What a Health Care Home Model Could Mean for Australian General Practice

All GPs understand the importance of continuity of care and the positive impact that getting to know a patient over time and establishing a true therapeutic relationship can have on patient outcomes. 

The medical home or (in Australia) ‘Health Care Home’ model recognises the benefits of a strong patient-health provider relationship and provides incentives for care to be primarily coordinated by the patient’s chosen GP.

This is not an entirely new concept in Australia. Many practices already participate in initiatives, which share similar characteristics to the proposed Health Care Home model. 

For example, there are practices participating in the Closing the Gap initiative, which allows Aboriginal and Torres Strait Islander patients to register and nominate a principal practice for the delivery of their care. 

There are also several practices participating in the Department of Veteran Affairs’ CVC Program familiar with the concept of ‘enrolling’ a patient to provide ongoing and comprehensive care coordination services funded through Practice Incentive Payments.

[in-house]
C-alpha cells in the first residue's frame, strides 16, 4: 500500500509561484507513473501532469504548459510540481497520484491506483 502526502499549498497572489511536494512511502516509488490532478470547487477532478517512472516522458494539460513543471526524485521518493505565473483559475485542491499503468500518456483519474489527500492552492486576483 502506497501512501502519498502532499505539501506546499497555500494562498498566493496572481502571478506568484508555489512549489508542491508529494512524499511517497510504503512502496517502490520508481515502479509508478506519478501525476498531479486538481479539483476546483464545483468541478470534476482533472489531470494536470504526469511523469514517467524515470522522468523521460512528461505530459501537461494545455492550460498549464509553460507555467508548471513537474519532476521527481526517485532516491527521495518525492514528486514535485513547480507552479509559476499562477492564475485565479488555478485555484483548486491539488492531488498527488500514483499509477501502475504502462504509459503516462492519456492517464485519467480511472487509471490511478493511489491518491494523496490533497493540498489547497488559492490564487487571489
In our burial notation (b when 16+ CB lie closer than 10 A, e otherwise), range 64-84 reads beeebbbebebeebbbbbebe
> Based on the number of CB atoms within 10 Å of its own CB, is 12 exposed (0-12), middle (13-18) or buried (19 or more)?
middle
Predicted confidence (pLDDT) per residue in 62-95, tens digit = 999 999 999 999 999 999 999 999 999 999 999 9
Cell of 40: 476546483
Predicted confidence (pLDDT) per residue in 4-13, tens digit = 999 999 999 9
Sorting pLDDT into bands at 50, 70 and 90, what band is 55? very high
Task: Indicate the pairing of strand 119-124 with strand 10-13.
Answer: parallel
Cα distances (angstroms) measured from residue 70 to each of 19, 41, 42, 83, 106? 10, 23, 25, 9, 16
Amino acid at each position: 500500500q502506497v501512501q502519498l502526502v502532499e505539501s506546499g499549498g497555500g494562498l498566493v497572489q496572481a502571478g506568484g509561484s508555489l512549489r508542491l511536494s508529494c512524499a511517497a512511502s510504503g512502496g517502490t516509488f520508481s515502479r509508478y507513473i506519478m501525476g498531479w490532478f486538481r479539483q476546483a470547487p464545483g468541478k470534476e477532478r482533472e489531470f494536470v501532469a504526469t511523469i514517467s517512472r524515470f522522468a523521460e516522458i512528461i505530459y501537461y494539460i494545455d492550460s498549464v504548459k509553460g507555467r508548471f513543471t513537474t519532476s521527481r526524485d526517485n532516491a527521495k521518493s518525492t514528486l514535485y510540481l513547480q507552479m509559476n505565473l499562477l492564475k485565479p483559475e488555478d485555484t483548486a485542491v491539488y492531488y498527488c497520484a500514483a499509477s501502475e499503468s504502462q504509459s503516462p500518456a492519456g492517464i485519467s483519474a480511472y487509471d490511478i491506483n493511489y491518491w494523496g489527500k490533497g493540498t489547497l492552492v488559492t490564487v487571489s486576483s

With this in mind, the introduction of a Health Care Home model for Australian practices is likely to expand the central role GPs already play in coordinating multidisciplinary services for patients with complex health needs. 

This will hopefully be recognised and supported with an adequate level of funding to help cover some of added time and costs incurred by practices participating in the ‘Health Care Home’ program.

Practice nurses will also play a key role in the successful implementation of these Health Care Homes. We may see a welcome expansion to their scope of work that recognises the care coordination and service ‘navigation’ work that often goes unnoticed (and unfunded). 

The potential benefits of the Health Care Home model are considerable, but before we get too carried away, a word of warning: with added funding, comes added accountability. 

Every new initiative comes with its own set of audit requirements, patient eligibility parameters, and documentation and reporting requirements. 

Let’s not forget the concerns raised throughout the introduction and rollout of GP Management Plans (GPMPs) and Team Care Arrangements (TCAs), which were largely caused by the documentation and complex eligibility process attached to claiming the related item numbers. 

This is why a gradual rollout accompanied by comprehensive training and support with practice-relevant and patient-friendly resources will be essential to the successful introduction and countrywide rollout of the Health Care Homes model in Australia.   

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